Philippine, Indonesian Equities Shine as Rate Hikes Cheer Bulls

(Bloomberg) -- Stocks in Indonesia and the Philippines rose to become Asia’s best performers Friday on optimism interest-rate hikes by both nations’ central banks would help steady currencies, curb inflation and lure back overseas investors.

The Jakarta Composite Index climbed 1 percent to close at 6,012.35, while the Philippine Composite Index gained 1.9 percent to 7,083.34 following Thursday’s surprise increase by Bank Indonesia and a move by its Philippine counterpart to raise rates for a fifth straight meeting. The rupiah rose 0.4 percent Friday and the peso strengthened, gaining for a sixth week.

Philippine, Indonesian Equities Shine as Rate Hikes Cheer Bulls

“I sense a shift taking place that will be more enduring than the previous rate hikes,” said Alan Richardson, who manages an Asean equity fund at Samsung Asset Management. “This time, the hikes will support currency strength and foreign funds will start to accumulate in Indonesia and Philippines as U.S. growth expectations have peaked.”

The Southeast Asian countries are trying to lure back overseas investors after they pulled a combined $4.6 billion out of local equities so far this year. The Jakarta Composite is down 5.4 percent in 2018, and the Philippines’ benchmark gauge has slumped 17 percent, even after Friday’s gain, hurt by the impact of higher U.S. rates on emerging markets. The Federal Reserve is on course to lift borrowing costs for a fourth time this year in December.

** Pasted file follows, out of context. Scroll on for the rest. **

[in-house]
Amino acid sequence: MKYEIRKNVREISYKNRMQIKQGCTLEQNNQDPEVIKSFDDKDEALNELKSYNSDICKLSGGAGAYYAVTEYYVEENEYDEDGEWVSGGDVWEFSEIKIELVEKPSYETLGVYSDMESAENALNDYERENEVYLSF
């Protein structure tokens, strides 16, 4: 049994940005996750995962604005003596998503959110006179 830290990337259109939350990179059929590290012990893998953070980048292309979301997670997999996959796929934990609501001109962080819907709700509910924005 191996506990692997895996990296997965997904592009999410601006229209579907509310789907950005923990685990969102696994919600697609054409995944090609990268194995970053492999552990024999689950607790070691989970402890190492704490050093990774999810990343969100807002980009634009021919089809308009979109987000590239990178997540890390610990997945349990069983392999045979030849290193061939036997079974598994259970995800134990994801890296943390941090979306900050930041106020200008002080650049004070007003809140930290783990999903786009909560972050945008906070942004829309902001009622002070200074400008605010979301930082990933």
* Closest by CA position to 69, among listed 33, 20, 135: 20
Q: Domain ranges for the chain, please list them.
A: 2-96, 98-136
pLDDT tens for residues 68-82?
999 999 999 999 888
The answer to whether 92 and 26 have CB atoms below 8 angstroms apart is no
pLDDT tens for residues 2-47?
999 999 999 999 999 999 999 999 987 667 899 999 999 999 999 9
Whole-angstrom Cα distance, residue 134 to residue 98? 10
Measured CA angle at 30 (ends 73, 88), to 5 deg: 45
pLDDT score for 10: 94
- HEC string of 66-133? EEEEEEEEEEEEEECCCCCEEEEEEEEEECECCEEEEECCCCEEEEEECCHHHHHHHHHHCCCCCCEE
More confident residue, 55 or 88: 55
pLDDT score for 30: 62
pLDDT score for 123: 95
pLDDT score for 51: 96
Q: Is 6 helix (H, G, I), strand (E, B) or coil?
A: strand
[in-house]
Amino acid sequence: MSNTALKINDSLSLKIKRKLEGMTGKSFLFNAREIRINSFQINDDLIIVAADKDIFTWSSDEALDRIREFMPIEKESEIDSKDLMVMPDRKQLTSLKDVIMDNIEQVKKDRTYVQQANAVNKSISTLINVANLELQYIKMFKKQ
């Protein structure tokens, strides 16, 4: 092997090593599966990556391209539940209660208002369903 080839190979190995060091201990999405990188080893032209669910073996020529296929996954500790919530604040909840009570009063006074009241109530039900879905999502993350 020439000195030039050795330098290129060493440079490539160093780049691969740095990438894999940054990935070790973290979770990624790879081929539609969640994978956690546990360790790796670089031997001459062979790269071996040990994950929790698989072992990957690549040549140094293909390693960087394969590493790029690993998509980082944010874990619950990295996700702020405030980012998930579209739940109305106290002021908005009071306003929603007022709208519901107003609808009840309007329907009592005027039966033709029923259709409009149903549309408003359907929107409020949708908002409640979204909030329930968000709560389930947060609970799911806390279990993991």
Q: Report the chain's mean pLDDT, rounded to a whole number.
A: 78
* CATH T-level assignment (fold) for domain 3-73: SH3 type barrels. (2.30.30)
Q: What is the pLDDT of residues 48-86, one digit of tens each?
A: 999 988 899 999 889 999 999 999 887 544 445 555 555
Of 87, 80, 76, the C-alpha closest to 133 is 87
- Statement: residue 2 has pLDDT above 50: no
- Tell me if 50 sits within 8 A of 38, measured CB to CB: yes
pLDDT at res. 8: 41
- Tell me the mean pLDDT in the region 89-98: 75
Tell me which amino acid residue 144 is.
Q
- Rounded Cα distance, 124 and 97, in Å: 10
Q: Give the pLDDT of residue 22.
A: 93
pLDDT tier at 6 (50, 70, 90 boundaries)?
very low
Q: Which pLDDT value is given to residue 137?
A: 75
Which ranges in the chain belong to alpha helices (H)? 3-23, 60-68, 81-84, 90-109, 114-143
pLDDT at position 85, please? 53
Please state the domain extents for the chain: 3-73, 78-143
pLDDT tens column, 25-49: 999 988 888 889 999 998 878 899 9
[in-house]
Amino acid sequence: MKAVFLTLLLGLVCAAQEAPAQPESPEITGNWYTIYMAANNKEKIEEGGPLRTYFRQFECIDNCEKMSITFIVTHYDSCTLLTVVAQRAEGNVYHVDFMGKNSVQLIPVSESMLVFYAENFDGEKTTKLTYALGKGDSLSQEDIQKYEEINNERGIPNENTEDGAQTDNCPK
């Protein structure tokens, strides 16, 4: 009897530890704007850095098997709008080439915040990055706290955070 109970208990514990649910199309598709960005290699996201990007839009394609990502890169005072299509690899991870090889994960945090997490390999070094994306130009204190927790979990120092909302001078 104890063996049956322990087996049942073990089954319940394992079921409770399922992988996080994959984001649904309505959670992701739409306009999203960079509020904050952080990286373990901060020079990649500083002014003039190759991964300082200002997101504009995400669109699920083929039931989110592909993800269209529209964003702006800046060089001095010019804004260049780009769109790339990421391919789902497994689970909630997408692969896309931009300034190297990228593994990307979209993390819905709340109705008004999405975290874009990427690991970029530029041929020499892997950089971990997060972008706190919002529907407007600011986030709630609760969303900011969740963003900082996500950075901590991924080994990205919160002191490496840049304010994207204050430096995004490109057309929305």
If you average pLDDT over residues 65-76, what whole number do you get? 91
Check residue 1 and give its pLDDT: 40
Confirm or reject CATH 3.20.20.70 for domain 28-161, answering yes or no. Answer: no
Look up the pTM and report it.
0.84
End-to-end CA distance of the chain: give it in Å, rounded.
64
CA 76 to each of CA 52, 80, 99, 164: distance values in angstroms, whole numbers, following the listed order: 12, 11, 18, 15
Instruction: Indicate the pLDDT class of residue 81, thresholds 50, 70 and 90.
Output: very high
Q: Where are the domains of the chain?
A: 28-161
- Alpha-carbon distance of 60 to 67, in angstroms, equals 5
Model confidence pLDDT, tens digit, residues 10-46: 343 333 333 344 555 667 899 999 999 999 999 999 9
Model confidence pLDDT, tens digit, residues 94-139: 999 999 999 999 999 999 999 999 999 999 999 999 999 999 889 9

Bank Indonesia “is really trying to stay ahead of the curve,” said Jemmy Paul, President Director of PT Sucorinvest Asset Management in Jakarta. “This could be the turning point for foreign funds, where they regain their confidence in the stability of the rupiah.”

Still, not everyone expects global investors to return to the countries’ embattled markets in a big way before year-end.

Interest in emerging-market assets like Philippine equities has receded due to waning global growth expectations and concerns about the knock-on effects of a U.S. market sell-off on developing markets, said Noel Reyes, who oversees $1 billion as chief investment officer at Security Bank Corp. in Manila.

“Whatever path the central bank has decided wouldn’t matter since the bearish sentiment in equities is externally driven,” he said.

©2018 Bloomberg L.P.